The anti-choice platform survives by propagating one fundamentally flawed truth above all: Conservative politicians know more about medicine than doctors do, because God. That is an explanation that relies upon the ignorance of the persuaded and coerced.
Ignorance—both the kind they embrace and the kind they relentlessly promote—has always been a primary tool for conservatives in their battle against reproductive choice. The fewer of us who know about the overwhelming safety of the procedure when performed by licensed medical personnel, the better. The more patients who get diverted from reproductive health services at Planned Parenthood and other locations and towards the pseudo-science found in "crisis pregnancy centers," the better. The more of us caught up in speculating when life actually begins and questioning the rights of the fetus, the better.
The best way for them to advocate their ideas, it seems, is to prevent you from having any of your own. We see what happens when they know they’re losing: They set the bar unnecessarily high for abortion providers, forcing them out and shutting clinic doors. They intimidate patients at those clinics still open with ungodly rhetoric pulled not from the Bible but their own self-righteousness, while shoving posters of dismembered fetuses in patients' faces. And they propose bills like HB 465.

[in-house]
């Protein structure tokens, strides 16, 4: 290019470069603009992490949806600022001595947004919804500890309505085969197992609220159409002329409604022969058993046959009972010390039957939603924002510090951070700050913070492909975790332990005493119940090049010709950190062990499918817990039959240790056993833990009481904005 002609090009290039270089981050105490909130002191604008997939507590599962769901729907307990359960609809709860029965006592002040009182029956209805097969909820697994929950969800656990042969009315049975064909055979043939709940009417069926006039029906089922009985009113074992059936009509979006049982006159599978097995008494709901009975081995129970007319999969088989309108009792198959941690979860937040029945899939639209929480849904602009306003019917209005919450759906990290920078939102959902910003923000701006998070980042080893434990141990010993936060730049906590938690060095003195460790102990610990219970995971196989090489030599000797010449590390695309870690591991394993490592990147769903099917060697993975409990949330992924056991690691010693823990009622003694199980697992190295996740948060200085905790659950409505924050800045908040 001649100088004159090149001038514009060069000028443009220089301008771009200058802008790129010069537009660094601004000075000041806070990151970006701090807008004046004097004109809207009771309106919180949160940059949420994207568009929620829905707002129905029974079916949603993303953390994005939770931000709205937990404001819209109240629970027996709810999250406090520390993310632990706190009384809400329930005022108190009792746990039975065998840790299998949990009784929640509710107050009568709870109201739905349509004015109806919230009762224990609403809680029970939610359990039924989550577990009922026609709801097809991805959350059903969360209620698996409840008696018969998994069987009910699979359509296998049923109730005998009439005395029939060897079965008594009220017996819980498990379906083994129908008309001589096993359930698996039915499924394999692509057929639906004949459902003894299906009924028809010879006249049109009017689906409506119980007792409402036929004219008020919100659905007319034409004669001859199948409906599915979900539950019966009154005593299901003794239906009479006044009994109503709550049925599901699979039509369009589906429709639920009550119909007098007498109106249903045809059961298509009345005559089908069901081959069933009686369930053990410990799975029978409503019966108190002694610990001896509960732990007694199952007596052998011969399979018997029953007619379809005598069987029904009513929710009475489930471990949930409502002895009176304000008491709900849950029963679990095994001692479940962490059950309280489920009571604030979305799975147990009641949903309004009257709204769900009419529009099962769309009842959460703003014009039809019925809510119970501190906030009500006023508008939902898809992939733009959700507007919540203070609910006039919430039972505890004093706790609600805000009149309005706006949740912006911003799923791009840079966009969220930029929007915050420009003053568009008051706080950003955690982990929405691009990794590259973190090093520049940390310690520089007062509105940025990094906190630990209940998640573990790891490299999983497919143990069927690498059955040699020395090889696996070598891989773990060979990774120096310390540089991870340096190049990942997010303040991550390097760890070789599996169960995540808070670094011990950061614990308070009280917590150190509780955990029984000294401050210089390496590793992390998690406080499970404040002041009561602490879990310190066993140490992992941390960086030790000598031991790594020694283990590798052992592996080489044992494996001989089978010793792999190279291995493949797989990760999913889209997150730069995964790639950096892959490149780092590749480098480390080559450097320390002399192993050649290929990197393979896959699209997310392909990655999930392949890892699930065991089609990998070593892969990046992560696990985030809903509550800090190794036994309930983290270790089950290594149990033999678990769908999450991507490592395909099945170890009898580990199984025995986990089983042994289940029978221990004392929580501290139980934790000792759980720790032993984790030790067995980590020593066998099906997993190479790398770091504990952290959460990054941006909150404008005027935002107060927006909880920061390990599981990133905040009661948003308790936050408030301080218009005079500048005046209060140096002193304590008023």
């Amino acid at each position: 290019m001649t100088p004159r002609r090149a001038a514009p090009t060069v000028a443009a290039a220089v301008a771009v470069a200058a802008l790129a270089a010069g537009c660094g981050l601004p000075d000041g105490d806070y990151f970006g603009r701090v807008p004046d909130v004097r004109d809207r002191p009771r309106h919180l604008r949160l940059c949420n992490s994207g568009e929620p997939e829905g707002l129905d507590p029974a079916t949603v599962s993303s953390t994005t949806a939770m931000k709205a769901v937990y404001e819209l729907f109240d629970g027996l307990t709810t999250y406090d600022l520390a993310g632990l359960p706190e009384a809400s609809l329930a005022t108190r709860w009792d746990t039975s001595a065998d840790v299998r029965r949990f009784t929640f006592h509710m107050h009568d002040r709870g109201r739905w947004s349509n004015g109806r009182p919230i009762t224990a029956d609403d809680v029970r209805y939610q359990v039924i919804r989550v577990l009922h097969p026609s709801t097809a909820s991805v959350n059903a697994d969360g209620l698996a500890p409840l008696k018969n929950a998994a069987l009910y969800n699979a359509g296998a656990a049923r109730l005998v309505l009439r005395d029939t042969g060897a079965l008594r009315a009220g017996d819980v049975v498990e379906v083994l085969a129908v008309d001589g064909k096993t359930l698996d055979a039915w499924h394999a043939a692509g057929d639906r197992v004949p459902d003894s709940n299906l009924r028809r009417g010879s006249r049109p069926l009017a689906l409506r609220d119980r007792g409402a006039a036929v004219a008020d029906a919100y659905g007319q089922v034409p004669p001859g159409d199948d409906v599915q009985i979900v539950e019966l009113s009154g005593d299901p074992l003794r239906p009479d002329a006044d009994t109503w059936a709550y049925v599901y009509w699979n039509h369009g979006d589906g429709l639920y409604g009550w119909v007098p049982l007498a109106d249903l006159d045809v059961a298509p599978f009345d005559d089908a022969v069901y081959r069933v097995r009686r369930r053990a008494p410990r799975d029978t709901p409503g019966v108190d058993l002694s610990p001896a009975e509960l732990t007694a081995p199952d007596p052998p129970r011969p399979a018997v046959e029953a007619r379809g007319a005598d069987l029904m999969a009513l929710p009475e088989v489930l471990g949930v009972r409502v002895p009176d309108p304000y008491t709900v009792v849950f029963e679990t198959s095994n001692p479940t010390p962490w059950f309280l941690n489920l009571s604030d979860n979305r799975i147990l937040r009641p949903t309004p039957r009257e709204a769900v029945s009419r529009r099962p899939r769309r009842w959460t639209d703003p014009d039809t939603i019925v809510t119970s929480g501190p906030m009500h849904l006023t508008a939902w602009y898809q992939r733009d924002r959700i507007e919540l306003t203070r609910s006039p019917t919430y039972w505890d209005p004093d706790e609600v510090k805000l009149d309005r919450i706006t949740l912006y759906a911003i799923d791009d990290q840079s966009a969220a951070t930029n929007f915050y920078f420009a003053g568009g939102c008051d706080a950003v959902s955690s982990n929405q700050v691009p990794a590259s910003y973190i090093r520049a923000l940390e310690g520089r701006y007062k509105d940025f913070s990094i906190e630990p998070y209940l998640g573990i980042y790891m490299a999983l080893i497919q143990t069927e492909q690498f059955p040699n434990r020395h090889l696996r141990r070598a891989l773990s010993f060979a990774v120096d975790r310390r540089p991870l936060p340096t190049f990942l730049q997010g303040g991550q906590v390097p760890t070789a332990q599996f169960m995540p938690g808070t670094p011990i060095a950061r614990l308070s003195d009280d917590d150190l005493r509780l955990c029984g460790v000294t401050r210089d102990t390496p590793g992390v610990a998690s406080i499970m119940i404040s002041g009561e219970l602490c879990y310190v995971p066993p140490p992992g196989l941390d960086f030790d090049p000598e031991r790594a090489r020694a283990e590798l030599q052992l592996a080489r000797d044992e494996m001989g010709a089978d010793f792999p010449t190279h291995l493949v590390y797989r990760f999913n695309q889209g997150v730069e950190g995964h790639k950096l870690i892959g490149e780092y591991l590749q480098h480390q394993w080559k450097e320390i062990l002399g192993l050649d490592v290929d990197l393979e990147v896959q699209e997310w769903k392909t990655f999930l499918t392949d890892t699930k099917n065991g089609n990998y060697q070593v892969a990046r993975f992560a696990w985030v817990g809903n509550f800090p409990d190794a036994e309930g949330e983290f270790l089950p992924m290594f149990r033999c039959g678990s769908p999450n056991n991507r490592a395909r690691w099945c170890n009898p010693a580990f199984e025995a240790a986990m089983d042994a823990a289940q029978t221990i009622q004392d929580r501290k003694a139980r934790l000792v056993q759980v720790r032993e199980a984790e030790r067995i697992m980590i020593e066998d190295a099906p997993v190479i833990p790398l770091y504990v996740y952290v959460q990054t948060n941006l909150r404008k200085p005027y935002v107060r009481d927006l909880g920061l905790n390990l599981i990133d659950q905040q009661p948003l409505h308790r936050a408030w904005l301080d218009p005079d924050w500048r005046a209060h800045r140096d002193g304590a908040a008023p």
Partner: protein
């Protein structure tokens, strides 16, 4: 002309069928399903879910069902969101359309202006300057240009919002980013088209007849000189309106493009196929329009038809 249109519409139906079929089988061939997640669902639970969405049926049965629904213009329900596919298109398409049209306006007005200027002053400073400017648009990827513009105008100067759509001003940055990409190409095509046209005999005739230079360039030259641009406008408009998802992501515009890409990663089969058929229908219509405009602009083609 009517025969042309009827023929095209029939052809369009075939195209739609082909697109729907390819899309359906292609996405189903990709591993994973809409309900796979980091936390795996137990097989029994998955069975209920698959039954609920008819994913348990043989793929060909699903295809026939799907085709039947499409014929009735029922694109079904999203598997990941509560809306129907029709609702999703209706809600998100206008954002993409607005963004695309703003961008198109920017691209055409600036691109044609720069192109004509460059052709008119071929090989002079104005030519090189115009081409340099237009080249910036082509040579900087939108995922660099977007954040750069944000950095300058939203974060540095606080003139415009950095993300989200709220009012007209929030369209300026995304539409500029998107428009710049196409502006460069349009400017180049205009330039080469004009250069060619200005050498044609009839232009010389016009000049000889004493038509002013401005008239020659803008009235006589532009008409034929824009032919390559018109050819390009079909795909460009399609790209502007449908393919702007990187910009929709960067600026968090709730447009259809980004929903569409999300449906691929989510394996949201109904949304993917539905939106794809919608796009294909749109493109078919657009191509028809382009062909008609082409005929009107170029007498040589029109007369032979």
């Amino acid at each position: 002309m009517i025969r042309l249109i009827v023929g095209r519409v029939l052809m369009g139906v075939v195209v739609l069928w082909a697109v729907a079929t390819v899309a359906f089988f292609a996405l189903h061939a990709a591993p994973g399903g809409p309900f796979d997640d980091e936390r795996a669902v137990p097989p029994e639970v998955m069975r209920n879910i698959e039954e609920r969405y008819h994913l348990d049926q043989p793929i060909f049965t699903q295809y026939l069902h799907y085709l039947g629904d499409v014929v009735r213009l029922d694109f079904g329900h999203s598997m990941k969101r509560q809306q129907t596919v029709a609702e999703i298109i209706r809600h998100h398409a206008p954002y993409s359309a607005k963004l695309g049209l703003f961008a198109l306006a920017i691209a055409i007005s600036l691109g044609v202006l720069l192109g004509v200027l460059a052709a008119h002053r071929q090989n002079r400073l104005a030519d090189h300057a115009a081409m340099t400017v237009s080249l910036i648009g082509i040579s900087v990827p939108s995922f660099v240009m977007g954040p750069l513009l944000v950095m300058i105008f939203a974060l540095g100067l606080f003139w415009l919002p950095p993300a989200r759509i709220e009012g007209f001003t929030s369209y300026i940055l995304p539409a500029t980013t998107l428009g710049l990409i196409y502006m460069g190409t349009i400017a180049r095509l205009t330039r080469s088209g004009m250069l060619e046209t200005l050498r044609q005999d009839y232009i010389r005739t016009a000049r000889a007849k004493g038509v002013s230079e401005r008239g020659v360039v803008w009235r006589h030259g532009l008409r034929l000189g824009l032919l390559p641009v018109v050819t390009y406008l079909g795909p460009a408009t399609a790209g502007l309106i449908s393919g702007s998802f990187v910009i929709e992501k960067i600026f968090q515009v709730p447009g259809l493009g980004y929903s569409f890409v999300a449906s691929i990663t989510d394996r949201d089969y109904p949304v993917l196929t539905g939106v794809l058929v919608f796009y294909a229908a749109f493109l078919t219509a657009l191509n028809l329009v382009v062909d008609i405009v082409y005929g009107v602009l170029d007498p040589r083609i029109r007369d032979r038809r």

A particularly daft remark by McElraft last week illustrates what I’m talking about. Her flippant comment to WRAL that HB 465 would result in "a few more little taxpayers [being] born" got some media play, but it wasn’t as dangerous as her response when asked how OBGYN doctors would ever learn abortions:
"There are opportunities for doctors to learn this. Abortion physicians learn from all kinds of training–spontaneous abortions or miscarriages. Sometimes, you learn how to act in an emergency situation. There are other options."
She seems confident that future doctors untrained in abortion procedures will learn it on the fly in emergency situations. Perhaps one in which a pregnant patient’s life is at stake.